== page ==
The novelty of the Jubilees’ music and race caused a major sensation, and they were invited to all of the grand homes and capitals of Europe. Many Jubilees were so favorably impressed with the acceptance and freedom they experienced they made plans to reside in Europe. While they sounded like angels, the Jubilees were very much human, and the rigors of the tours, racism and in-fighting took a great toll on the health and emotions of these young, unworldly former slaves. Ironically not one Jubilee Singer graduated from Fisk — the institution that their artistry and industriousness built.

    A large portion of Dark Midnight ’s worth comes from its evocation of the whole context of the post reconstruction era. At the end of the Civil War America was neither interested in, nor prepared for the task of transforming tens of millions of former slaves into solid citizens with all of the rights of free persons. It has been forgotten that the Freedman’s bureau was a joke and that 40 acres and a mule was a myth. Recent evidence supports that even Abraham Lincoln had no personal convictions about freeing slaves, and only did it for political, not moral, reasons. In many ways blacks were worse off after emancipation, as their lives were more uncertain. This crucial part of history has been forgotten. Dark Midnight rightfully brings home the point that it was northern missionaries, not the government, who took the lion’s share of responsibility for preparing the former slaves for lives as freed persons. This is an important and pivotal segment of American history that has rarely been acknowledged.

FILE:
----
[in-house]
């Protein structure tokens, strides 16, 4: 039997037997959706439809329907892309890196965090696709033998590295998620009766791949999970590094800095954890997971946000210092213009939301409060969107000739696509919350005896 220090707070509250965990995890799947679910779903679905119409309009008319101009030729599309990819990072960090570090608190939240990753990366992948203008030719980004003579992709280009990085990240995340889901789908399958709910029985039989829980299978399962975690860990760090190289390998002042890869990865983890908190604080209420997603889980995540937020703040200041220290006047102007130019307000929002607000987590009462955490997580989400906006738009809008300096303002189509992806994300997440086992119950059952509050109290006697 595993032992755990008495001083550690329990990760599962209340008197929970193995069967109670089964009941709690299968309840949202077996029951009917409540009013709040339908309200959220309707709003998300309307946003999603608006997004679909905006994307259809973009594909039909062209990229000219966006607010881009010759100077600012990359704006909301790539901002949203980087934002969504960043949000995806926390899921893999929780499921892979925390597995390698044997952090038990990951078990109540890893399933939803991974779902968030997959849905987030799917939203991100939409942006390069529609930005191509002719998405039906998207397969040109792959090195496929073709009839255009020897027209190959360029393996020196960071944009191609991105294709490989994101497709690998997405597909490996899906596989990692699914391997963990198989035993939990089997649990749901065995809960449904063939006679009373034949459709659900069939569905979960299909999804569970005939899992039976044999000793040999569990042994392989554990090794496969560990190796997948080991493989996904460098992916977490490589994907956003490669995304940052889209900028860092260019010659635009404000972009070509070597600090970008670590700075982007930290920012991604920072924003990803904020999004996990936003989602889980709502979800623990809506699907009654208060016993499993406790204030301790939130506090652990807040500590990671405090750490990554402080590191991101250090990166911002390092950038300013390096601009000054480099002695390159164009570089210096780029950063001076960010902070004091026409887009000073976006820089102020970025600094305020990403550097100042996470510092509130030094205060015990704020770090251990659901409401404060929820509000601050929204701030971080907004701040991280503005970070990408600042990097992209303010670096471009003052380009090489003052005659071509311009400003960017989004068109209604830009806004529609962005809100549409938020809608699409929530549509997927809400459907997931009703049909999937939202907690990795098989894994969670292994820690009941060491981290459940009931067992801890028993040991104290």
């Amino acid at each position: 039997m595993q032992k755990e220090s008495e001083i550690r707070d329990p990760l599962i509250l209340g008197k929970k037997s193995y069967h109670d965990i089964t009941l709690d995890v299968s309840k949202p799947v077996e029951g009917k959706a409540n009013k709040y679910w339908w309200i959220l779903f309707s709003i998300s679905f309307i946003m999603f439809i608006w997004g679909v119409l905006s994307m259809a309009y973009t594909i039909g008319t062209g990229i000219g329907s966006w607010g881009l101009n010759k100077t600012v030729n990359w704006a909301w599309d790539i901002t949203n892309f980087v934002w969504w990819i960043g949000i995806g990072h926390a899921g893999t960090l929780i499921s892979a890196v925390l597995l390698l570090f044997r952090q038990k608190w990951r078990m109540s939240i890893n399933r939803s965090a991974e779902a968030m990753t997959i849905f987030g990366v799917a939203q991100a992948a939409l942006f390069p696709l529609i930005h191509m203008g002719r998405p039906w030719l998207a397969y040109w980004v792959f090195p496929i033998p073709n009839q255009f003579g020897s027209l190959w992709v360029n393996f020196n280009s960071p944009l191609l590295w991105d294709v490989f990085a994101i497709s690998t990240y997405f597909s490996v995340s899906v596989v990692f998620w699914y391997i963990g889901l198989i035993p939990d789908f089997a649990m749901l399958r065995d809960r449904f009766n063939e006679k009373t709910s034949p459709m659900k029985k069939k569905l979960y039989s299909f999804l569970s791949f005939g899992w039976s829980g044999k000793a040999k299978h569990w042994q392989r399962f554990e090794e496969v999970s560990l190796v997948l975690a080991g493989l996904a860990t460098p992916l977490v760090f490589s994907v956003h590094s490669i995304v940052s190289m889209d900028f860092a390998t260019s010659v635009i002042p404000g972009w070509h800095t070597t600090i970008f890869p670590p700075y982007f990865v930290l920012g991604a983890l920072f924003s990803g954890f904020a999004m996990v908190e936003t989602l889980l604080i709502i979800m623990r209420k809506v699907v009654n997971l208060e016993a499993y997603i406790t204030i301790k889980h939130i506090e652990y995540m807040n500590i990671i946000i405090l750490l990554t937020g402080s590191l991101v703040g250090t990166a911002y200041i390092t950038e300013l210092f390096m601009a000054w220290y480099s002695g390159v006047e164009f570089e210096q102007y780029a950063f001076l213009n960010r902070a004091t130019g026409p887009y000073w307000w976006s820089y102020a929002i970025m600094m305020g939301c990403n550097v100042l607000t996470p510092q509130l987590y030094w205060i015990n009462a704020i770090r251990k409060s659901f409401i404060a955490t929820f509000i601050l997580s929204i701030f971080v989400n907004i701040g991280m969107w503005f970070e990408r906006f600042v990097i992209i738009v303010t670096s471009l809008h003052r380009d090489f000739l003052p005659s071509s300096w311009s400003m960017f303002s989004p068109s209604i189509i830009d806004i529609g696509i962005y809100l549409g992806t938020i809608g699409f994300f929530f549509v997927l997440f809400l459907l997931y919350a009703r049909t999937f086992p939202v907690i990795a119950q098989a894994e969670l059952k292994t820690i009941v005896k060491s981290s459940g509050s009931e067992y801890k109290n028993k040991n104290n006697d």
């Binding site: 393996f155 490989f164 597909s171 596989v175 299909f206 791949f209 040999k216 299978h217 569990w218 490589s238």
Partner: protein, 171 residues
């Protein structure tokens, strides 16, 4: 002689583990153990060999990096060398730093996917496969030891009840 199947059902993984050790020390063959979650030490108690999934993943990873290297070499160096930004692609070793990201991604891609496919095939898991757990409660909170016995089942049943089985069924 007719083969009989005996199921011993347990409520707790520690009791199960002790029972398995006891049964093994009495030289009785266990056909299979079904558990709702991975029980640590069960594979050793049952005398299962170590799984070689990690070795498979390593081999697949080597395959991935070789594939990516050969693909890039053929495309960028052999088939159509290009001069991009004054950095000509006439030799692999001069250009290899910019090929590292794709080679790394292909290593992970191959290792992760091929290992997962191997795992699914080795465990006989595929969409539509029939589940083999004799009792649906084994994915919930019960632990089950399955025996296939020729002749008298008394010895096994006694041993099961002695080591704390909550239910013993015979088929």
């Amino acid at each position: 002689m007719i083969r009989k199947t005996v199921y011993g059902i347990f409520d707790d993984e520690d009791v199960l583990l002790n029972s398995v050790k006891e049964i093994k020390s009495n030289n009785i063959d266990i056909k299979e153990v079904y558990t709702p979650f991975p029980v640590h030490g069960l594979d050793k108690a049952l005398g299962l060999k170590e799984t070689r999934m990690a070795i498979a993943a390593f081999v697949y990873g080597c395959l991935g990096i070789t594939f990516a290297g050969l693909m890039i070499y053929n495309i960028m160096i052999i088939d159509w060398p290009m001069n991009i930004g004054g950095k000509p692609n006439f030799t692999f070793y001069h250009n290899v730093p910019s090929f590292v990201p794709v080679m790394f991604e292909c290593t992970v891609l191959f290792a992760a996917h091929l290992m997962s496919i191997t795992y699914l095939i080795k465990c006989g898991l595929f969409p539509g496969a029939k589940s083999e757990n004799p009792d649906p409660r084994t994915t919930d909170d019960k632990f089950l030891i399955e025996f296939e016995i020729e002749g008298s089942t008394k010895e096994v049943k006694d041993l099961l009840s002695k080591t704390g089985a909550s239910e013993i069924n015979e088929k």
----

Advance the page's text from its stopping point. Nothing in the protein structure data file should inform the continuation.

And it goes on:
A Band of Angels: A Story Inspired by the Jubilee Singers by Deborah Hopkinson and illustrated by Raul Colon, — a book oriented toward children — is an excellent compliment to Dark Midnight. A Band of Angels is undoubtedly one of the most charming and engaging books of the year. It is a condensed version of Dark Midnight, but with a greater focus on Ella Shepherd, the pianist, singer and driving force behind the Jubilees.

    A Band of Angels realistically describes the hardships the Jubilees endured, yet also fully communicates the joy of their artistry and service. Love and reverence for the Jubilees and for Fisk is evidenced in every word and brush stroke of this delightful story. This book is so firmly and gently inspiring that young people can’t help but attain a greater knowledge of black history and a greater pride in themselves as the inheritors of the Jubilees awesome legacy. Parents and children will enjoy sharing this book together. This recounting of the Jubilees fascinating story will make an excellent Christmas, Kwanzaa or birthday gift for children from ages 4 to 10.

    Dark Midnight and A Band of Angels discuss a time that may be farfetched to today’s readers, but it was a time when people were actively concerned about their spiritual salvation versus their financial advancement. Personal decisions were made based on whether it was part of God’s plan versus whether it would enhance their financial standing. Both Dark Midnight and A Band of Angels restore unsung heroes to their rightful place in our consciousness. The Jubilee Singers and the missionary educators were people whose selflessness and sense of God built the values, conscience and spirit of this nation, a contribution far greater than that of the robber barons, the industrialists, the pioneers, and the explorers.

    Read Farrar, Straus and Giroux’s description of Dark Midnight When I Rise: The Story of the Jubilee Singers, Who Introduced the World to the Music of Black America.